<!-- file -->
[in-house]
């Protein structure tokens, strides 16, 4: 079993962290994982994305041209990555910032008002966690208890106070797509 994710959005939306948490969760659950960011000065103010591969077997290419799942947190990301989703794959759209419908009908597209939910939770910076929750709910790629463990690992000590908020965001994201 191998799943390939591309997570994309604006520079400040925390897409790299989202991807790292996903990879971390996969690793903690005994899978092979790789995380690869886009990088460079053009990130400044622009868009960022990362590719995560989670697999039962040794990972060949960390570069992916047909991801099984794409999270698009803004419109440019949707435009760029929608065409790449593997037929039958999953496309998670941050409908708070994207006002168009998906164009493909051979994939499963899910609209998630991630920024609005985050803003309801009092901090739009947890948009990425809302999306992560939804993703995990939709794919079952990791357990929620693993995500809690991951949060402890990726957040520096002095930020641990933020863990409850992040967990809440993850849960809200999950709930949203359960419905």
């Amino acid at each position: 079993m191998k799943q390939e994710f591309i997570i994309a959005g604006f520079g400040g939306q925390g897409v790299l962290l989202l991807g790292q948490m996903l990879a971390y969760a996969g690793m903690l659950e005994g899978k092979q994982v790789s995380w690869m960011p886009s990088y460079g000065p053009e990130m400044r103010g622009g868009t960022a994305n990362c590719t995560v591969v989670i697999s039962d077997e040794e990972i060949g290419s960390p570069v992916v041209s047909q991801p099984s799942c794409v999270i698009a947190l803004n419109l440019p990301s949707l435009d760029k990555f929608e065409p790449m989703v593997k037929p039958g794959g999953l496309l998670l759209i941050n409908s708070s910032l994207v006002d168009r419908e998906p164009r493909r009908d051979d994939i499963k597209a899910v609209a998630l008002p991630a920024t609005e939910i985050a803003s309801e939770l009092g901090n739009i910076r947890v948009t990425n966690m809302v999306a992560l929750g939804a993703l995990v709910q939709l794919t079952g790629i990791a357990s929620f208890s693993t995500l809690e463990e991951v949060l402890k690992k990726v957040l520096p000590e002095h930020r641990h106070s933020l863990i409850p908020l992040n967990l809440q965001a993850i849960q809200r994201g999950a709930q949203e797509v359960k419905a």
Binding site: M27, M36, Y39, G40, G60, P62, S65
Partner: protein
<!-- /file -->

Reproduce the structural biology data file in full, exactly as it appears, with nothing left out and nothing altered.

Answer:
[in-house]
């Protein structure tokens, strides 16, 4: 079993962290994982994305041209990555910032008002966690208890106070797509 994710959005939306948490969760659950960011000065103010591969077997290419799942947190990301989703794959759209419908009908597209939910939770910076929750709910790629463990690992000590908020965001994201 191998799943390939591309997570994309604006520079400040925390897409790299989202991807790292996903990879971390996969690793903690005994899978092979790789995380690869886009990088460079053009990130400044622009868009960022990362590719995560989670697999039962040794990972060949960390570069992916047909991801099984794409999270698009803004419109440019949707435009760029929608065409790449593997037929039958999953496309998670941050409908708070994207006002168009998906164009493909051979994939499963899910609209998630991630920024609005985050803003309801009092901090739009947890948009990425809302999306992560939804993703995990939709794919079952990791357990929620693993995500809690991951949060402890990726957040520096002095930020641990933020863990409850992040967990809440993850849960809200999950709930949203359960419905």
């Amino acid at each position: 079993m191998k799943q390939e994710f591309i997570i994309a959005g604006f520079g400040g939306q925390g897409v790299l962290l989202l991807g790292q948490m996903l990879a971390y969760a996969g690793m903690l659950e005994g899978k092979q994982v790789s995380w690869m960011p886009s990088y460079g000065p053009e990130m400044r103010g622009g868009t960022a994305n990362c590719t995560v591969v989670i697999s039962d077997e040794e990972i060949g290419s960390p570069v992916v041209s047909q991801p099984s799942c794409v999270i698009a947190l803004n419109l440019p990301s949707l435009d760029k990555f929608e065409p790449m989703v593997k037929p039958g794959g999953l496309l998670l759209i941050n409908s708070s910032l994207v006002d168009r419908e998906p164009r493909r009908d051979d994939i499963k597209a899910v609209a998630l008002p991630a920024t609005e939910i985050a803003s309801e939770l009092g901090n739009i910076r947890v948009t990425n966690m809302v999306a992560l929750g939804a993703l995990v709910q939709l794919t079952g790629i990791a357990s929620f208890s693993t995500l809690e463990e991951v949060l402890k690992k990726v957040l520096p000590e002095h930020r641990h106070s933020l863990i409850p908020l992040n967990l809440q965001a993850i849960q809200r994201g999950a709930q949203e797509v359960k419905a």
Binding site: M27, M36, Y39, G40, G60, P62, S65
Partner: protein